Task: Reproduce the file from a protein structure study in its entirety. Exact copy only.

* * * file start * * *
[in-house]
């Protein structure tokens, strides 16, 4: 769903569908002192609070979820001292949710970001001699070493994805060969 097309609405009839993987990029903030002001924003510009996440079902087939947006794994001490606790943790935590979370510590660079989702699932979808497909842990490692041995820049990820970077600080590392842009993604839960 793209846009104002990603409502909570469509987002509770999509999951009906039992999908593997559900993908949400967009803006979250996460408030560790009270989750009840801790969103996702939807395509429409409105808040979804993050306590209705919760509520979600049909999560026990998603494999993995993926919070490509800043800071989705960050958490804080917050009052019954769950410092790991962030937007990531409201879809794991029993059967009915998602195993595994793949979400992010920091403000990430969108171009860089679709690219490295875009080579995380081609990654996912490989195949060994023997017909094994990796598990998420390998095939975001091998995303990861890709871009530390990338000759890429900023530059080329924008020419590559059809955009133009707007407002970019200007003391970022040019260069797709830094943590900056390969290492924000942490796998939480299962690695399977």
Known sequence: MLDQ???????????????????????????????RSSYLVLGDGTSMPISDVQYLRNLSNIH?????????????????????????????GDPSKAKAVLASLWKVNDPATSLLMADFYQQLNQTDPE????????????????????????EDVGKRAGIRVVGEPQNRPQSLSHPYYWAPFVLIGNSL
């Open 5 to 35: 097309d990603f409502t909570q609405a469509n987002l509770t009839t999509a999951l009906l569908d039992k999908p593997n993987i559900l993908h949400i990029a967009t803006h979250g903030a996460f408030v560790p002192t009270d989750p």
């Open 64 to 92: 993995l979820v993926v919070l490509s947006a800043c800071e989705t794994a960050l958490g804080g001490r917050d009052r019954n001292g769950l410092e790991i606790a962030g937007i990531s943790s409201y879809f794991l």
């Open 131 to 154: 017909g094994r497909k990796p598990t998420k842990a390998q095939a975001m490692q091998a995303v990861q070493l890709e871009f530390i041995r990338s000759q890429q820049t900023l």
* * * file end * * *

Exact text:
[in-house]
């Protein structure tokens, strides 16, 4: 769903569908002192609070979820001292949710970001001699070493994805060969 097309609405009839993987990029903030002001924003510009996440079902087939947006794994001490606790943790935590979370510590660079989702699932979808497909842990490692041995820049990820970077600080590392842009993604839960 793209846009104002990603409502909570469509987002509770999509999951009906039992999908593997559900993908949400967009803006979250996460408030560790009270989750009840801790969103996702939807395509429409409105808040979804993050306590209705919760509520979600049909999560026990998603494999993995993926919070490509800043800071989705960050958490804080917050009052019954769950410092790991962030937007990531409201879809794991029993059967009915998602195993595994793949979400992010920091403000990430969108171009860089679709690219490295875009080579995380081609990654996912490989195949060994023997017909094994990796598990998420390998095939975001091998995303990861890709871009530390990338000759890429900023530059080329924008020419590559059809955009133009707007407002970019200007003391970022040019260069797709830094943590900056390969290492924000942490796998939480299962690695399977």
Known sequence: MLDQ???????????????????????????????RSSYLVLGDGTSMPISDVQYLRNLSNIH?????????????????????????????GDPSKAKAVLASLWKVNDPATSLLMADFYQQLNQTDPE????????????????????????EDVGKRAGIRVVGEPQNRPQSLSHPYYWAPFVLIGNSL
């Open 5 to 35: 097309d990603f409502t909570q609405a469509n987002l509770t009839t999509a999951l009906l569908d039992k999908p593997n993987i559900l993908h949400i990029a967009t803006h979250g903030a996460f408030v560790p002192t009270d989750p």
């Open 64 to 92: 993995l979820v993926v919070l490509s947006a800043c800071e989705t794994a960050l958490g804080g001490r917050d009052r019954n001292g769950l410092e790991i606790a962030g937007i990531s943790s409201y879809f794991l």
């Open 131 to 154: 017909g094994r497909k990796p598990t998420k842990a390998q095939a975001m490692q091998a995303v990861q070493l890709e871009f530390i041995r990338s000759q890429q820049t900023l």